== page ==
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Sunday, 14th April 2024
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Sarb-Ox compliance postponed by a year Back  
Irish companies registered with the US Securities and Exchange Commission (SEC) have been granted an extra year by the SEC to comply with the S.404 requirements of the Sarbanes Oxley Act, a decision that has been welcomed by the Institute of Chartered Accountants in Ireland (ICAI).
S.404 requires a company to include in its annual reports a report by management on the company’s internal control over financial reporting and an accompanying auditor’s report.

New York Stock Exchange

The ICAI welcomed the decision, with president Terence O’Rourke saying,’In the immediate term, this will be welcome news for the Irish companies involved. Meeting the S.404 requirements has been a considerable task, a task complicated by the simultaneous move to international accounting and auditing standards as well as the new compliance statement contained in the 2003 Companies Act. The decision by the SEC to defer the internal control reporting requirements will certainly be welcome in that context.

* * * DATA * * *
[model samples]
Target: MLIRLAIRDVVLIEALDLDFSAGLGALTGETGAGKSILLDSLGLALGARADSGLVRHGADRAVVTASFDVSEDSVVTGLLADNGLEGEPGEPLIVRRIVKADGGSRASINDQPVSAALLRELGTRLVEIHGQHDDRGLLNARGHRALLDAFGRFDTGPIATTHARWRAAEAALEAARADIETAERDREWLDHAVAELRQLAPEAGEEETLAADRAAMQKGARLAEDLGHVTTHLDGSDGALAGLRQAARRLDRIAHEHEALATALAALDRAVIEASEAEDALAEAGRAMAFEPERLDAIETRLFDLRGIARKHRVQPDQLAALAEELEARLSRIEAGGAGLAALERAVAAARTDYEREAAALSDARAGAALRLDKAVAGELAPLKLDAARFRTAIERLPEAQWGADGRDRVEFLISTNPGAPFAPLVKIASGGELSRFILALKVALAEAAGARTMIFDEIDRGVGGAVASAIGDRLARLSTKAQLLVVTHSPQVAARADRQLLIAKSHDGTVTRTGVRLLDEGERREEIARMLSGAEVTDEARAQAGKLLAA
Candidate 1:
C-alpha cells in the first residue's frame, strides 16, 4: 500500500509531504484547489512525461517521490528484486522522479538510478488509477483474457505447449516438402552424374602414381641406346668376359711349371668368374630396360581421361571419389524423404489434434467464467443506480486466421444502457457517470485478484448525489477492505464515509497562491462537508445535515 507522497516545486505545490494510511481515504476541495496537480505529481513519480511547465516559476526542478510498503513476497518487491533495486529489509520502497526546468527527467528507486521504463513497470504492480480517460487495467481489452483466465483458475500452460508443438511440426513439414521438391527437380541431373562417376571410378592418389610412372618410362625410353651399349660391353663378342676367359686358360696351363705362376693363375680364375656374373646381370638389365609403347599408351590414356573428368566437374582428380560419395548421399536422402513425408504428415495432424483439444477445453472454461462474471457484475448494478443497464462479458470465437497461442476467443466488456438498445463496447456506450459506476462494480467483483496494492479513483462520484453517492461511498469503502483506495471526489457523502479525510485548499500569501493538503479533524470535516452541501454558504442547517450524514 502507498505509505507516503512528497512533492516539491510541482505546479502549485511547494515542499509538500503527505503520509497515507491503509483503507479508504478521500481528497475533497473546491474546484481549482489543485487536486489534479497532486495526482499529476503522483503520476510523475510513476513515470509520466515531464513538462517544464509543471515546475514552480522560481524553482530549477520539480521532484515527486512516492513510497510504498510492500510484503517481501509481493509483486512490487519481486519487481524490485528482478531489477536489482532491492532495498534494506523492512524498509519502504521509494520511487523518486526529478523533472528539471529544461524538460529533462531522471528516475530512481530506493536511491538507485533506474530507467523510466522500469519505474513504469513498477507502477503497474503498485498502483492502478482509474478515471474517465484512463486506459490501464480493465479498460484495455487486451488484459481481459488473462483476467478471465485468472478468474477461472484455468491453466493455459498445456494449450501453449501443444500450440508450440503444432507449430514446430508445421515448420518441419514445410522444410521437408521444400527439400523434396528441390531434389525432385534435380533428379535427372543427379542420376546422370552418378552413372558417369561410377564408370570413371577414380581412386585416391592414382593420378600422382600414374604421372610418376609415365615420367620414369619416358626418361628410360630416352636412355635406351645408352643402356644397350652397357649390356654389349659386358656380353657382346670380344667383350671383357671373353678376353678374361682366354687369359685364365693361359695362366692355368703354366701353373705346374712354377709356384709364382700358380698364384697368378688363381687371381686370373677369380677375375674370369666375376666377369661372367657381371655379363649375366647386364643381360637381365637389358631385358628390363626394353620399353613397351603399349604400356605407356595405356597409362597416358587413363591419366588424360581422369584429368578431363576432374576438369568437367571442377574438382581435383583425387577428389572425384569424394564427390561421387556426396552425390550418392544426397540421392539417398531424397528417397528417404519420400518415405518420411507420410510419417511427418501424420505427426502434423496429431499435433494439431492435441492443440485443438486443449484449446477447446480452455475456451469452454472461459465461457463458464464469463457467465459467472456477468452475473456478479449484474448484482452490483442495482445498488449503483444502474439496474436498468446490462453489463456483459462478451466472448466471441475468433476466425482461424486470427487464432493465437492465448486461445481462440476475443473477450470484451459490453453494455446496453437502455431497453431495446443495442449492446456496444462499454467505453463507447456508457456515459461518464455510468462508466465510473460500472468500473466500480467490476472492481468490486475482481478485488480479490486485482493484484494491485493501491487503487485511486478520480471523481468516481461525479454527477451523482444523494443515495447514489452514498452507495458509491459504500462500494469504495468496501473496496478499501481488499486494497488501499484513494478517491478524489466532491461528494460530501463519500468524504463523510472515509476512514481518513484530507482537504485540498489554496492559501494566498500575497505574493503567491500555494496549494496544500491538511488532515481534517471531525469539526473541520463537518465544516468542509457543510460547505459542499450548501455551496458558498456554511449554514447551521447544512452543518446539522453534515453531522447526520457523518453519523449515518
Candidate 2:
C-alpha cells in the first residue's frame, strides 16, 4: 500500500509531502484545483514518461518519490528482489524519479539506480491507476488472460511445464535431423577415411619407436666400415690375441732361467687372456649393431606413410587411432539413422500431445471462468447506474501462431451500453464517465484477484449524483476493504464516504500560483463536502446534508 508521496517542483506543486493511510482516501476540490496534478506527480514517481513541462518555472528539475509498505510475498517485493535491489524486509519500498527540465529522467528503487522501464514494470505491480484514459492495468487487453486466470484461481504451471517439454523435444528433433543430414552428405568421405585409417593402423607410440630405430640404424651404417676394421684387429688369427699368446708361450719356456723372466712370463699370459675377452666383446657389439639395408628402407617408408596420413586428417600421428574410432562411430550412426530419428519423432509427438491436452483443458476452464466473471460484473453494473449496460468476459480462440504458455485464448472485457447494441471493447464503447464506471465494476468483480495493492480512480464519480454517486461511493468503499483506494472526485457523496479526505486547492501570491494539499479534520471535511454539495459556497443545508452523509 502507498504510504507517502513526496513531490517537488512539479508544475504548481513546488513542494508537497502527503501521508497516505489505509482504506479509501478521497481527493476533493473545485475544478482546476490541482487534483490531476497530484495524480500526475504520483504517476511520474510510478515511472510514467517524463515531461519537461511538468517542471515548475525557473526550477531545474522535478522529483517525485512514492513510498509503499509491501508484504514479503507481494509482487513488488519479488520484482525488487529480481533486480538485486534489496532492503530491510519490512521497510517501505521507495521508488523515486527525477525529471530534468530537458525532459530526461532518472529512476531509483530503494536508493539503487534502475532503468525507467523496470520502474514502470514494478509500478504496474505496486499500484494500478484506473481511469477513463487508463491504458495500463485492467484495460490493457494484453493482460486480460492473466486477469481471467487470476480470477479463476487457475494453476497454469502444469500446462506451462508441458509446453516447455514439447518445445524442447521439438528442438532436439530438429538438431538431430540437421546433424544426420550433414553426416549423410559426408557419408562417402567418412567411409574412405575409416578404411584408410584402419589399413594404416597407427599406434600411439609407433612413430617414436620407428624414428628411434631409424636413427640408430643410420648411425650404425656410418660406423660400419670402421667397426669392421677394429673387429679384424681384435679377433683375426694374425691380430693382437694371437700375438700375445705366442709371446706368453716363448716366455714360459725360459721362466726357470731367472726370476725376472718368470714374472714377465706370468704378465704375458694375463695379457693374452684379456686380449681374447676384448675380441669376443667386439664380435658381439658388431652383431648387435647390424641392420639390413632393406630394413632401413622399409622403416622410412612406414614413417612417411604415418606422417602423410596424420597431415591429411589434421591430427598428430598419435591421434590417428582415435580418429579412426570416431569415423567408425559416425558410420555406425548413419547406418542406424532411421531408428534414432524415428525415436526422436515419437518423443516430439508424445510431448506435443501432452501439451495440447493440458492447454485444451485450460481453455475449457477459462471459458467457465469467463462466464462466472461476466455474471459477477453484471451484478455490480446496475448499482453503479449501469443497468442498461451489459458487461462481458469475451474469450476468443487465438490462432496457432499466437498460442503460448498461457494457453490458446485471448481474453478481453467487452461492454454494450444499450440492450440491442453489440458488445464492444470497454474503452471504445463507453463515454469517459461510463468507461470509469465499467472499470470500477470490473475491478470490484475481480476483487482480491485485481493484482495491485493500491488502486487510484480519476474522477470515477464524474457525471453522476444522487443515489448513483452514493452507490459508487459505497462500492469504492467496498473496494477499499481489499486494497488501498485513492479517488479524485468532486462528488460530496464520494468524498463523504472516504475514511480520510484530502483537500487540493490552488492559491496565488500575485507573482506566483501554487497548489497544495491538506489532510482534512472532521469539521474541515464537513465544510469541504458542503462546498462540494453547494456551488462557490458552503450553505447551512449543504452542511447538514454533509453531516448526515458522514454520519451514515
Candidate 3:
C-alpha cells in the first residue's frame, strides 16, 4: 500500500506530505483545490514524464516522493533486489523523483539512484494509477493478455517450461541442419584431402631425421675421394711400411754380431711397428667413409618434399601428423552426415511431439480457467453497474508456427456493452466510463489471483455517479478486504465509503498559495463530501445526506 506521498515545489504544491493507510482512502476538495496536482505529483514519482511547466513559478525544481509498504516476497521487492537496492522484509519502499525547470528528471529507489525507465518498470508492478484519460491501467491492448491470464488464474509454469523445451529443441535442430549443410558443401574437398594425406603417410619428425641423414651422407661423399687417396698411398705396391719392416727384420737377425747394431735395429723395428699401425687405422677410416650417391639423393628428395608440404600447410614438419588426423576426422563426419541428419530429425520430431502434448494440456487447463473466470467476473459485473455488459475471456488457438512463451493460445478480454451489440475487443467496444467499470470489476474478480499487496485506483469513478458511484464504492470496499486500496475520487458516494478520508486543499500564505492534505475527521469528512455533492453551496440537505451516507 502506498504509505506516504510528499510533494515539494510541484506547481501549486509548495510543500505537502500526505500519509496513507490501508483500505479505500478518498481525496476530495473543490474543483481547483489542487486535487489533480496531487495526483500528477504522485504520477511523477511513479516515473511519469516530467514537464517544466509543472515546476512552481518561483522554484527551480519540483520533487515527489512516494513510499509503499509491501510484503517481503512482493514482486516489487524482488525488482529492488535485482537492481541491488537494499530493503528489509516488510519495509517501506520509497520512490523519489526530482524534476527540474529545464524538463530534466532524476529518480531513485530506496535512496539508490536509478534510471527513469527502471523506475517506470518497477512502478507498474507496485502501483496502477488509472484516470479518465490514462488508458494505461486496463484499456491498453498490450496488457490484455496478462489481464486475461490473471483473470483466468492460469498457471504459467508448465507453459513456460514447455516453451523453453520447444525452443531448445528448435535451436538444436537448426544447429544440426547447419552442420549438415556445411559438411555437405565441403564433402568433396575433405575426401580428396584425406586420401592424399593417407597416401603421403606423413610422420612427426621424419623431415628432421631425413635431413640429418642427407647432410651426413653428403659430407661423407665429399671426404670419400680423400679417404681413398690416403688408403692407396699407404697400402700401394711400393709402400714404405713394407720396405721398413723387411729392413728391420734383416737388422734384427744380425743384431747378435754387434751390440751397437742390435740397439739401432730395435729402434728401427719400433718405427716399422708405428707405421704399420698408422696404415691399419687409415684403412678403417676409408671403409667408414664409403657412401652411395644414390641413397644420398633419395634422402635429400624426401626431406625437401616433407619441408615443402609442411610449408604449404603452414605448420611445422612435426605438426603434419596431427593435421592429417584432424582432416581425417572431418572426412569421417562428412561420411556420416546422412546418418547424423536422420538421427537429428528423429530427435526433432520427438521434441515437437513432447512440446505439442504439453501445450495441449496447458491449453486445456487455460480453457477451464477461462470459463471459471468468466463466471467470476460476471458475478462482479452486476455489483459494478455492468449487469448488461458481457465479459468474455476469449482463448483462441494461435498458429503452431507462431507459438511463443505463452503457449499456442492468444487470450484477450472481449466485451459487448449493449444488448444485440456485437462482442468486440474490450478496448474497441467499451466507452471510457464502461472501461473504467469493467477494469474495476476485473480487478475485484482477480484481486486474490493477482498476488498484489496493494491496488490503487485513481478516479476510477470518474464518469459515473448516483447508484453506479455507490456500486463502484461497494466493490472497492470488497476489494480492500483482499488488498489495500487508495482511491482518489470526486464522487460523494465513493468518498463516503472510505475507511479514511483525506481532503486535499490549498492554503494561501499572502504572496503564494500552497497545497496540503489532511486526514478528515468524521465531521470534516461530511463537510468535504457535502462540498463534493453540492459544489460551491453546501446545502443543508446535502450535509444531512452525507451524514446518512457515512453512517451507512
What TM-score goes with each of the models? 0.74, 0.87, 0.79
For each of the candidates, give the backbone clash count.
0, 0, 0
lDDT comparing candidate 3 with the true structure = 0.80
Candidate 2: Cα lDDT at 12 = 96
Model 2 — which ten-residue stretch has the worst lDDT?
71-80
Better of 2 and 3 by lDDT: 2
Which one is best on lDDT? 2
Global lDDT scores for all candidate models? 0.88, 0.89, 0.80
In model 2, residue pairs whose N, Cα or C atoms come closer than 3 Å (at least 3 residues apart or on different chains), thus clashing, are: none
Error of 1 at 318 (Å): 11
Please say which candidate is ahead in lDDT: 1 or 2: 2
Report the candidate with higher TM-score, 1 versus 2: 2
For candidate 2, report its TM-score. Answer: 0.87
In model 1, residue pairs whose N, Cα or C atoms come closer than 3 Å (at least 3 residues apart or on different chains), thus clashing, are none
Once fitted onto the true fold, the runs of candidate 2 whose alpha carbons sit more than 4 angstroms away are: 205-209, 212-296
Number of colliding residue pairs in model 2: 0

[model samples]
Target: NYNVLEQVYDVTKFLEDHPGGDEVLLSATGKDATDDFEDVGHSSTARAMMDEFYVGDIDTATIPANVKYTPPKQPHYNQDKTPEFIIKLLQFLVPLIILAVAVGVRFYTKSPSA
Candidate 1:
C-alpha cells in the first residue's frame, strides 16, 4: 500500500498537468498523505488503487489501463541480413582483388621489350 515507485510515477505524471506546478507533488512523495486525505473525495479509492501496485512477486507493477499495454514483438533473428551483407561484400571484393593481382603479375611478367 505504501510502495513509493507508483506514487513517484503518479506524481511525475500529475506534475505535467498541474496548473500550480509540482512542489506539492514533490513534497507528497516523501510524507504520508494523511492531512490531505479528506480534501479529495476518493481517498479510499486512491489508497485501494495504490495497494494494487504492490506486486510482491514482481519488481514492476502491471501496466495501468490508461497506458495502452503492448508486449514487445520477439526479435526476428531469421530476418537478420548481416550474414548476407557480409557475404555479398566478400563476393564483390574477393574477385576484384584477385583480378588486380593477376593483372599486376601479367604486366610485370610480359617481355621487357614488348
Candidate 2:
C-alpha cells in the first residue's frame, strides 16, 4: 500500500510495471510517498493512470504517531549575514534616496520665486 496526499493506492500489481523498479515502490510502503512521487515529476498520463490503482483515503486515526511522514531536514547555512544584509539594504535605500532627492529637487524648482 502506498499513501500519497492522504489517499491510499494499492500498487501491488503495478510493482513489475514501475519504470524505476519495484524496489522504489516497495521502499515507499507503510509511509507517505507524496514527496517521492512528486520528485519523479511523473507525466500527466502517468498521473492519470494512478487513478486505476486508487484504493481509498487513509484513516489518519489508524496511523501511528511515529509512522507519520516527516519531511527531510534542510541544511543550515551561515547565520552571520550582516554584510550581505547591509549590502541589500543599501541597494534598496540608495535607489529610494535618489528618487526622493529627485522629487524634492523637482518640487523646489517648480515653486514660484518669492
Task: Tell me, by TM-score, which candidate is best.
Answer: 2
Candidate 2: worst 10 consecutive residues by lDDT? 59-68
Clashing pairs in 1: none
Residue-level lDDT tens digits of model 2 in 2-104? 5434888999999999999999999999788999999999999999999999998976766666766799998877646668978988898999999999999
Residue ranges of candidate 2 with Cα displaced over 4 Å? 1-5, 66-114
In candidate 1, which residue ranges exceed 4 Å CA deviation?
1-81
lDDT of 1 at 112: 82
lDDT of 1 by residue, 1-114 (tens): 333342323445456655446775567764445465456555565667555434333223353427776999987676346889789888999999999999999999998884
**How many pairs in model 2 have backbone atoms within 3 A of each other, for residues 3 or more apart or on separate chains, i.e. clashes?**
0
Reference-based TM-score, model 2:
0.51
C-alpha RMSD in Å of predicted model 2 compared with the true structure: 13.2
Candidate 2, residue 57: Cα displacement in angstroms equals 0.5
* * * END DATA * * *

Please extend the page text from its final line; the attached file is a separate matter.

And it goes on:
Hopefully, too this recognition by the SEC of the difficulties involved in filing may herald a change of approach on their part in the long run. While this decision only relates to the implementation date, it is nonetheless helpful in so far as it allows companies adequate time to prepare for effective implementation. However it is to be hoped that the SEC might go one step further and reconsider the content of the Section 404 requirements. Nonetheless, it is particularly welcome to see a regulator prepared to consider the practical implications of their decisions and indeed to make changes if required.

This is a lesson we could well learn at home too. While there is a consensus that says that SMEs in particular should not be subject to burdernsome regulation, it continues to happen. For example, the Companies Act compliance statement requirements, being compared abroad to the Sarbanes Oxley legislation, impacts on comparatively smaller companies, thereby exposing them to further additional costs. We need to work harder to get this difficult balance right.’

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